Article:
Environmental services company Newalta Corp. is suing the British Columbia Used Oil Management Association (BCOUMA) over the latter organization’s refusal to pay handling fees to Newalta for the collection of used oil in B.C. amounting to $86,245.
In its Statement of Claim, Newalta — the largest used-oil recycler in Western Canada — describes the system in B.C. that BCOUMA administers in which private sector collectors are paid a Return Incentive (RI) and processors are paid an Infrastructure Development Incentive (IDI) to collect and process used oil, containers and oil filters (to keep them out of the environment). Both the RI and IDI are funded via an Environmental Handling Charge (EHC) which applies to most sales of new lubricating oil, oil containers and oil filters.
In a letter dated October 14, 2005, Newalta demanded payment from BCOUMA of $84,245.48, which the organization refused on November 3. In its Statement of Defence, BCOUMA argues that Newalta failed to properly follow BCOUMA’s policies and procedures with respect to submitting invoices to the organization within a specified time period (i.e., within 100 days, or within that time frame plus an 80 day extension available through application and the filling-in of special forms).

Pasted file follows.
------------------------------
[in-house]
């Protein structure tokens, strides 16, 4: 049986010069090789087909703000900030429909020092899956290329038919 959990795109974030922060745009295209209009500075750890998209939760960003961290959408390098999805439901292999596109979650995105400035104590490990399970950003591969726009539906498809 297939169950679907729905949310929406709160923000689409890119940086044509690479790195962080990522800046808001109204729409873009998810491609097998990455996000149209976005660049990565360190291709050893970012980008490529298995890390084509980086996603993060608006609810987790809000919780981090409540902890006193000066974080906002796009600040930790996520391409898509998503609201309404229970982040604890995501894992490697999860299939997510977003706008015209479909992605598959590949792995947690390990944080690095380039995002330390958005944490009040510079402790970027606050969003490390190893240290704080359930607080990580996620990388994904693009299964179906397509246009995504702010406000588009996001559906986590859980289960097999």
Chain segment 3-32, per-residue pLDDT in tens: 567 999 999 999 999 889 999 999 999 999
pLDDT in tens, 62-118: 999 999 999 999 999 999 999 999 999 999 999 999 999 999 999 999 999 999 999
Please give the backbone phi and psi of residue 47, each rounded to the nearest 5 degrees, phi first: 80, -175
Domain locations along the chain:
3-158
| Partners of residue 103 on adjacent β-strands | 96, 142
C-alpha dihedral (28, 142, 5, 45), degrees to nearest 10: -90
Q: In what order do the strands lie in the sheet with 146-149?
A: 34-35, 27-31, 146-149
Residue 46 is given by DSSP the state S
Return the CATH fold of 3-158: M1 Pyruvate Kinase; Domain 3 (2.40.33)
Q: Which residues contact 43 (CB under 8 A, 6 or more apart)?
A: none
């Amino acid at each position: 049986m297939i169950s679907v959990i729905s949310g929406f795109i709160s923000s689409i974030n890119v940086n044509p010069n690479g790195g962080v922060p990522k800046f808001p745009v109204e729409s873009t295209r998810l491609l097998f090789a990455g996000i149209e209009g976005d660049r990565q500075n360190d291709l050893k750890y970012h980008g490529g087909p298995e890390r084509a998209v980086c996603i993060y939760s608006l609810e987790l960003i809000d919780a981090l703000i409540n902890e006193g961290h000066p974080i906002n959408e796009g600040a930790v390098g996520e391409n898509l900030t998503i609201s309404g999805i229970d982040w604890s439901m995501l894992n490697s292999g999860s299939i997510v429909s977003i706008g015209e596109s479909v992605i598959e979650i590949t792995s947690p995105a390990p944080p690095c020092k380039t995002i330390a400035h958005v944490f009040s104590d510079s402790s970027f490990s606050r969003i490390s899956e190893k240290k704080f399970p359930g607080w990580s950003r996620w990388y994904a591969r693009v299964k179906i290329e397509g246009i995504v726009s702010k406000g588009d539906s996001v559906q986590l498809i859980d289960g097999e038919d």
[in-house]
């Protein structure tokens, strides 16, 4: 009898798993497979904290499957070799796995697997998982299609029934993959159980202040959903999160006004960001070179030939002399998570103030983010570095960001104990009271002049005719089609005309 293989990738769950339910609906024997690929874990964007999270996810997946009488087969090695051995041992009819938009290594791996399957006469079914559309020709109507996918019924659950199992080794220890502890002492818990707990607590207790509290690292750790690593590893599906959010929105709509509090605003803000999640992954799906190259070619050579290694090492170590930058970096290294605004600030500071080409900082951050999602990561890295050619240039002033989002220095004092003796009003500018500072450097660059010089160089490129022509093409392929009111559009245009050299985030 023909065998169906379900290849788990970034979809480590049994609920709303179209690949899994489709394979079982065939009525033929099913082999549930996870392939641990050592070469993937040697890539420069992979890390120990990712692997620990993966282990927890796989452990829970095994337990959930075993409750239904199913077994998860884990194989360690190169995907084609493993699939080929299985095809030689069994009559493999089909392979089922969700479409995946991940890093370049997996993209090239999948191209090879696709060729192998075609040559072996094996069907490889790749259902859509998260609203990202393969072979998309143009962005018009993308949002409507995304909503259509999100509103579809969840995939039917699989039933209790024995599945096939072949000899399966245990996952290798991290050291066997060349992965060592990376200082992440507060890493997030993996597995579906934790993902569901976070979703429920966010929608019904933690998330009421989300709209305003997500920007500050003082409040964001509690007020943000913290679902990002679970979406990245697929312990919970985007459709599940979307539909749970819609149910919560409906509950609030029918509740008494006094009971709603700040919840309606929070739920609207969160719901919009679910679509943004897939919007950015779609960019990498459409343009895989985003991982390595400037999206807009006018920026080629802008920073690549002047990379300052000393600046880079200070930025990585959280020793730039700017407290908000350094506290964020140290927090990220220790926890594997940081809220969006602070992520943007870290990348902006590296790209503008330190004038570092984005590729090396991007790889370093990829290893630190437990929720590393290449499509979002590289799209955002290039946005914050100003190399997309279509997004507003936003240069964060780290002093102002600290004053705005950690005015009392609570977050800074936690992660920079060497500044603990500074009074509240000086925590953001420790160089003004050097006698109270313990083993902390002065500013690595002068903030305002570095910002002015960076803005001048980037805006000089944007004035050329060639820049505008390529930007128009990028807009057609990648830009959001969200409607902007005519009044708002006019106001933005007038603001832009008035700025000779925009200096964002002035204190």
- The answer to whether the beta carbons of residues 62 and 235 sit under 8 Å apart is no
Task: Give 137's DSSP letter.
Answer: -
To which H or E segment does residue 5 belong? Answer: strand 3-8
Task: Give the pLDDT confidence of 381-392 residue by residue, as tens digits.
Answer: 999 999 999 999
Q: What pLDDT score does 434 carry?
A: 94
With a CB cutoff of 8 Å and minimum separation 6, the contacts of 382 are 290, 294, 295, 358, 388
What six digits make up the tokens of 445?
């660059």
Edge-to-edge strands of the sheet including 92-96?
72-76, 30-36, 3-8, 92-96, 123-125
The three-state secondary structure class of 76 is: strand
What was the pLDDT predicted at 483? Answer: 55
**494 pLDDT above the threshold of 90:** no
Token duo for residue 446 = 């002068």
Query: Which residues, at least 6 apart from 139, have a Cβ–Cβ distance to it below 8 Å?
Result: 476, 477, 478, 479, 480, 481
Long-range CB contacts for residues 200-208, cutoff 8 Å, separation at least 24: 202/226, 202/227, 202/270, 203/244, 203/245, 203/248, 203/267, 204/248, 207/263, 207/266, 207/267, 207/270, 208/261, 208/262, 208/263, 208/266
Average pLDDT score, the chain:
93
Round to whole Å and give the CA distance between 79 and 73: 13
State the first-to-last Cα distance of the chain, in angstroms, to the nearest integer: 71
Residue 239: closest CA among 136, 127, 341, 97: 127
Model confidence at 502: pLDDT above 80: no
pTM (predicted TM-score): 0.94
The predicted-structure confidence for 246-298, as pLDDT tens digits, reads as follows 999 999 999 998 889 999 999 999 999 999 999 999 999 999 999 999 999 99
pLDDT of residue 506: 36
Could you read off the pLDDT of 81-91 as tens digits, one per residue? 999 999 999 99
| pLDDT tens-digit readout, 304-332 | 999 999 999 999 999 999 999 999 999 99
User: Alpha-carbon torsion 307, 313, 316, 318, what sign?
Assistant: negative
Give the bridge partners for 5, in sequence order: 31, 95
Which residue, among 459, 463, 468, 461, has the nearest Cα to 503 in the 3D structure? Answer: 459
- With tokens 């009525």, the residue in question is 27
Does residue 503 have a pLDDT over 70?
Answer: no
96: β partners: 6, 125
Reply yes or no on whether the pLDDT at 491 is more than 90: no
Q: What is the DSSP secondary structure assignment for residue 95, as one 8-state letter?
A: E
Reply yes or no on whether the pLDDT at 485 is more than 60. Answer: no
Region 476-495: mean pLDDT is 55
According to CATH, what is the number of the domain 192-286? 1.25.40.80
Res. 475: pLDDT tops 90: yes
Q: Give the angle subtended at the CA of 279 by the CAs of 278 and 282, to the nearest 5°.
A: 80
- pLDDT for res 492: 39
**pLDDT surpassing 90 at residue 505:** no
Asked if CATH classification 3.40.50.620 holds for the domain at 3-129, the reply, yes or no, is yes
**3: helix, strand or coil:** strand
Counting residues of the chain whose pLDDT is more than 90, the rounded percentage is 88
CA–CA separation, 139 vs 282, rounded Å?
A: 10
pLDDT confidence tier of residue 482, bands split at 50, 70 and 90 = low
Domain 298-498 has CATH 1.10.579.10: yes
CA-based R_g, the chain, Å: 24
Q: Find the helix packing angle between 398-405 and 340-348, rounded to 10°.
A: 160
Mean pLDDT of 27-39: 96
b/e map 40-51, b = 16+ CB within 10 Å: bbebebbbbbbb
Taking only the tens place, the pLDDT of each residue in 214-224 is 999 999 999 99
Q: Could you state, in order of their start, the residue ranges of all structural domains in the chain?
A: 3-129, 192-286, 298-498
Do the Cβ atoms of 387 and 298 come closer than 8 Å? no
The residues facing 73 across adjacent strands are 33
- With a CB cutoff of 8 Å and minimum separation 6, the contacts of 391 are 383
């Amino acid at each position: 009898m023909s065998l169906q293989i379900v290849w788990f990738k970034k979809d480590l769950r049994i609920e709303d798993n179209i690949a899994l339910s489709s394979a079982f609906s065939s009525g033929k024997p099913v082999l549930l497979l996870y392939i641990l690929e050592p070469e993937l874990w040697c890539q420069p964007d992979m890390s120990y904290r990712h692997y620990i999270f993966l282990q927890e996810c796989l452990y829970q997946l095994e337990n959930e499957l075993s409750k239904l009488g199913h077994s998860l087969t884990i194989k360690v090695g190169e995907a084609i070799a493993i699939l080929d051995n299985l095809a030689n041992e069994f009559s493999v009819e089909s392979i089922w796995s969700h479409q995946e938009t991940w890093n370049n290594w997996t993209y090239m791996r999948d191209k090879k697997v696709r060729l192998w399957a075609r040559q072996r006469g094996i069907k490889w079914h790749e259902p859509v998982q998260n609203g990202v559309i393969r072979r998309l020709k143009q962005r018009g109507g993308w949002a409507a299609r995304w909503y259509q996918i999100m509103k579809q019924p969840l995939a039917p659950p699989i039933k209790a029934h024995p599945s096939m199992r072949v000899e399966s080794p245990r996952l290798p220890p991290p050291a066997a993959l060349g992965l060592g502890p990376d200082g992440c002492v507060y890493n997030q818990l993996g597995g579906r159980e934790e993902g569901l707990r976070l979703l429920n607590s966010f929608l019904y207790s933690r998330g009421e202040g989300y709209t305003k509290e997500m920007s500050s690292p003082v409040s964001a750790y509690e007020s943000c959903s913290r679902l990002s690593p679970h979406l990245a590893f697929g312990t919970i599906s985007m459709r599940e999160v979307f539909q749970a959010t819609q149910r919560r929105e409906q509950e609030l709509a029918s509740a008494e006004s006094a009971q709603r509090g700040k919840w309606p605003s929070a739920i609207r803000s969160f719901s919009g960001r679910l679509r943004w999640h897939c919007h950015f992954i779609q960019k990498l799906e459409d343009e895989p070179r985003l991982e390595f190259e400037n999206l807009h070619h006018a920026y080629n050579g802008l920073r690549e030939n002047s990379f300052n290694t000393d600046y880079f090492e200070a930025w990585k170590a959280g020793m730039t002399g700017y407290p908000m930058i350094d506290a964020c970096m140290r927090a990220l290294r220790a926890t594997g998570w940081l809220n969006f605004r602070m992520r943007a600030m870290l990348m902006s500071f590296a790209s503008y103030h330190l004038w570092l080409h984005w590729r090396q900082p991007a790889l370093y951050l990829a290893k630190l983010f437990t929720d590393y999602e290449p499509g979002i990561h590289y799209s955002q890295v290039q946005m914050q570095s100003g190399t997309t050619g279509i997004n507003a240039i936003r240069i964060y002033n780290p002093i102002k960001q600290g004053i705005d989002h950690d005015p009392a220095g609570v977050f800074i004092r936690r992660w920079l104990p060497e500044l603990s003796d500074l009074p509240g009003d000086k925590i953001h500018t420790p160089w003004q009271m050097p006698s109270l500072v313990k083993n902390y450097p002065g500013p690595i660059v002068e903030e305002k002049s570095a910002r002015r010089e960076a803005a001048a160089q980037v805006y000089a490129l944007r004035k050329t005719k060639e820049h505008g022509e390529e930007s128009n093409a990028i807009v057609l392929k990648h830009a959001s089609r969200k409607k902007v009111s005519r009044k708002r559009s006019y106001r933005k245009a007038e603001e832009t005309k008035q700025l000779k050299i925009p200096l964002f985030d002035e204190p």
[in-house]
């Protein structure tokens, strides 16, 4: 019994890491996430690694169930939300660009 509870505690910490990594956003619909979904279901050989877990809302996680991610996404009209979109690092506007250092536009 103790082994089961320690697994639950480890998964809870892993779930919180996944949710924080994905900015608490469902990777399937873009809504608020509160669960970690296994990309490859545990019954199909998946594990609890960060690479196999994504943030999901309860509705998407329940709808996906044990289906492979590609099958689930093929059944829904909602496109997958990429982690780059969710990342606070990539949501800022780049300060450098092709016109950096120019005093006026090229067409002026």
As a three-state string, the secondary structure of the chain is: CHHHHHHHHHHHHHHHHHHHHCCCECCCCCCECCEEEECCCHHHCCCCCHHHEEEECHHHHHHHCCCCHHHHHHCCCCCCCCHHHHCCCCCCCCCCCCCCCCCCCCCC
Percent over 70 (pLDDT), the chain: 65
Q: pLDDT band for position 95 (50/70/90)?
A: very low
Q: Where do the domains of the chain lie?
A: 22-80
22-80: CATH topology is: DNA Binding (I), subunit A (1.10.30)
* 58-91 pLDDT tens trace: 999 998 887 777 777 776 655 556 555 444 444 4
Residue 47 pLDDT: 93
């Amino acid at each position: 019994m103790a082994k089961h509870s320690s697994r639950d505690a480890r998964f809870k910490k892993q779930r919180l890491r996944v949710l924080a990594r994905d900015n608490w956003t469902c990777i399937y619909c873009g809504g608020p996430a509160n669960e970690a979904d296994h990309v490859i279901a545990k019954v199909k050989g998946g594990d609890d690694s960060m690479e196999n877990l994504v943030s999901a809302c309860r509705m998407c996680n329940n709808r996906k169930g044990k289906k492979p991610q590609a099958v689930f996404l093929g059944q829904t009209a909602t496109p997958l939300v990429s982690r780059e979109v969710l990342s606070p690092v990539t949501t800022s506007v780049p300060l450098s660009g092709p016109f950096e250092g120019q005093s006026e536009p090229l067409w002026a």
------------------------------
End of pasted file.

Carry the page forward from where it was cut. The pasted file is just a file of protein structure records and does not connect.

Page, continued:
People close to Newalta say the company feels that BCOUMA is using paperwork technicalities to hassle the company, which has opposed the setting-up of agencies to administer the collection of used oil in the past. Arguments from Newalta and Safety-Kleen were successful recently in Ontario, which has acknowledged the efficiency of the existing private-sector used-oil collection and processing system in that province. BCOUMA is arguing that Newalta has fallen short of the administrative requirements for reimbursements.
The judge will rule on the merits of the action, and the outcome will be reported on this website and in Solid Waste & Recycling magazine.